How it's made:


The ripe cocoa pods are harvested and the pulp is removed, leaving just the beans. These are fermented for six to seven days and then dried in the sun for a further five or six days. It is now ready to be processed in factories. The factory (owned by the partner Chocomac) is less than two hours away from the farms. This means that they minimise greenhouse gas emissions from transportation in Ghana. From the beans, several cocoa products are obtained (butter,powder, liquid, mass). The cocoa liquid and cocoa butter are mixed in different ratios depending on the desired final product (for example dark chocolate). Sugar is also added accordingly. The chocolate mass is then pressed and conched (heated in various steps to ensure the bitter tasting compounds are evaporated). The cocoa butter mixture is added to get the right consistency and additional ingredients like nuts are added. It is then moulded and cooled. It can now be packaged. They do have unpackaged chocolate that is put in large containers and shipped to Germany, where they can be bought loose.


This is an energy intensive process as there are multiple, long heating steps. Fairafric’s factory is solar powered in order to minimise reliance on fossil fuels for the production process. This is amazing as it shows that renewable energy can fuel such an energetically demanding process. I hope to see other manufacturers rely more on renewables.


The finished product is then shipped to Germany using a reefer. They say that a single journey of the ship from Tema in Ghana to Hamburg in Germany releases 1208 kg of carbon dioxide, due to the humidity and temperature controlled atmosphere. In comparison, a normal ship would release only 876 kg of carbon dioxide for this journey. They have invested in carbon-offsetting causes with natureOffice (a German to compensate for these emissions. One of these is for reforestation in Togo, where their partner (natureOffice) planted 1.5 million trees and four wells. The second project was to supply people in Ghana with clean cookstoves, reducing their reliance on charcoal, which causes breathing problems and higher emissions.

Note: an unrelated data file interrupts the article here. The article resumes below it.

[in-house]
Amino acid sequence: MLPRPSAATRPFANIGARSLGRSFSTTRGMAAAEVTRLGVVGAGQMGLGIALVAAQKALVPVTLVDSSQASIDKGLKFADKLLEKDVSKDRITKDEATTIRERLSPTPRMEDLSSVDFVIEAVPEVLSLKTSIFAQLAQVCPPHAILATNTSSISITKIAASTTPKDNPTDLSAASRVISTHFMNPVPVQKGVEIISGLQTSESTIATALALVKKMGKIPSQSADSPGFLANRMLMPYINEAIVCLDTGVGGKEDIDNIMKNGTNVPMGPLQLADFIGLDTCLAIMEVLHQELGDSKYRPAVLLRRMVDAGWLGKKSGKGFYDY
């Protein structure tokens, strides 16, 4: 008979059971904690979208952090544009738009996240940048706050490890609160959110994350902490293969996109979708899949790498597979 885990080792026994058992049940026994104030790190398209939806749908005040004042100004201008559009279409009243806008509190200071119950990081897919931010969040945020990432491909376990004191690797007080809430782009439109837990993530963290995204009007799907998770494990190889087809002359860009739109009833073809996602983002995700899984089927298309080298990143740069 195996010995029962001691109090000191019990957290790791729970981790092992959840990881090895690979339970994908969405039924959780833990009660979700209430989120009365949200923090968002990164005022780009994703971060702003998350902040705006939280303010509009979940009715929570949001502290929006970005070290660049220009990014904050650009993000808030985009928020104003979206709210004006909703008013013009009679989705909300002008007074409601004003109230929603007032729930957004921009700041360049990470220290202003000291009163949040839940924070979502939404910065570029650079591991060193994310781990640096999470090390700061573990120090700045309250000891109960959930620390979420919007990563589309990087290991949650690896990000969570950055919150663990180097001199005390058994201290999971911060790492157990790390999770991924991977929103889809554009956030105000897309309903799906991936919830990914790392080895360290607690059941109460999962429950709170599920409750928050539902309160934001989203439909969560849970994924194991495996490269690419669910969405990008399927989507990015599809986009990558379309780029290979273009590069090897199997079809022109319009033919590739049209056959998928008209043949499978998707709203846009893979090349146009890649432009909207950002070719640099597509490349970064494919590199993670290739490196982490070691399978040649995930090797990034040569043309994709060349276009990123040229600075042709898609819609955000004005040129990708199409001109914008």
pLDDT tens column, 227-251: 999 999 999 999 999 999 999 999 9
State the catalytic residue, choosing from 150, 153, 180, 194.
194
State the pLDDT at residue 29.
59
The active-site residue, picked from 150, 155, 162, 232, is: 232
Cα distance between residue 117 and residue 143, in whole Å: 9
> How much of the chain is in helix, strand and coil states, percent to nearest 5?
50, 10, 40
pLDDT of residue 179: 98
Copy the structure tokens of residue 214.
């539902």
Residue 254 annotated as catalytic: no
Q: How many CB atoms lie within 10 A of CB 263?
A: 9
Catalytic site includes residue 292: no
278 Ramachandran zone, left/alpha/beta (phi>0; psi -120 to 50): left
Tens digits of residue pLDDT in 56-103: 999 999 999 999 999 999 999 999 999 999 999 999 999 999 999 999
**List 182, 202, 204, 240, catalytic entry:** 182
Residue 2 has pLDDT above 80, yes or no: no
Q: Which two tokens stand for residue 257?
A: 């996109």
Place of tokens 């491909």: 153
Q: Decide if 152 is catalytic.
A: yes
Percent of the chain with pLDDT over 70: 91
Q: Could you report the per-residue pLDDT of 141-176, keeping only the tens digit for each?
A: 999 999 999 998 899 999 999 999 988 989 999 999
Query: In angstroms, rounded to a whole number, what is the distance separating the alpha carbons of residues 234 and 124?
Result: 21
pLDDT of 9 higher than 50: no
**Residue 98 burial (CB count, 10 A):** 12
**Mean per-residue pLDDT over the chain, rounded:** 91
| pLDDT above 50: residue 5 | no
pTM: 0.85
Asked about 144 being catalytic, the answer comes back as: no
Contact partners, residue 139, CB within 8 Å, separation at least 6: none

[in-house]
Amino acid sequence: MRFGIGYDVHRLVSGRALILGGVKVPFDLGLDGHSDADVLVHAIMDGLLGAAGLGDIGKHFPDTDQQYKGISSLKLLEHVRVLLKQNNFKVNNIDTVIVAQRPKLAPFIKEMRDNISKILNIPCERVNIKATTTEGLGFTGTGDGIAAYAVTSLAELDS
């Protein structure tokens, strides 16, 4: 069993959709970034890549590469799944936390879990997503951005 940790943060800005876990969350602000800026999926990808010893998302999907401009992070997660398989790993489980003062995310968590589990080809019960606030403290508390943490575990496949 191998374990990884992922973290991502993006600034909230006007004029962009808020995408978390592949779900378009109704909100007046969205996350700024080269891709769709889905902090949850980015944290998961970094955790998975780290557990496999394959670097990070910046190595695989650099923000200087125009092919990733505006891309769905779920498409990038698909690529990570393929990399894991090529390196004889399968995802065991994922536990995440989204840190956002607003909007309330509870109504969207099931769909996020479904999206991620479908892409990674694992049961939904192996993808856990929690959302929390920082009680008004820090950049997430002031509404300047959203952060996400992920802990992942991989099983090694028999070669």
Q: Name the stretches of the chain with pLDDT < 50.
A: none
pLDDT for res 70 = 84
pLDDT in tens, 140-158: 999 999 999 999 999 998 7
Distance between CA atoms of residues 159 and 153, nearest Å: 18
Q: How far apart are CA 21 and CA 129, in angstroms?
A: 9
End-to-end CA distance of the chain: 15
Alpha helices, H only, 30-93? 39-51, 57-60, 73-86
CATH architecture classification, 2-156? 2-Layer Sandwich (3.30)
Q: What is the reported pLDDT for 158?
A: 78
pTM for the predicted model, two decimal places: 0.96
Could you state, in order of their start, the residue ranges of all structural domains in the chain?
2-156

These initiatives do help reduce carbon emissions and are a step in the right direction but it is unclear if they outweigh the high emissions from transportation completely. I hope that they release statistics about their annual emissions/energy usage so we can see if they’re trying to reduce it as much as possible, although these causes they’ve invested in definitely do help the local communities as well as lower emissions.

Who makes it:


There are 861 cocoa farmers that produce the chocolate Fairafric buys, and they are all part of the organic cooperative called Yayra Glover Ltd. The cooperative pays for the farmers to become certified organic, along with training them on sustainable farming practices and increasing yield. The cocoa is fully organic, so therefore, fully traceable to these farms. The farmers are also trained in sustainable and organic farming, which Fairafric claims increases their long term yields, showing that organic farming does not decrease yields.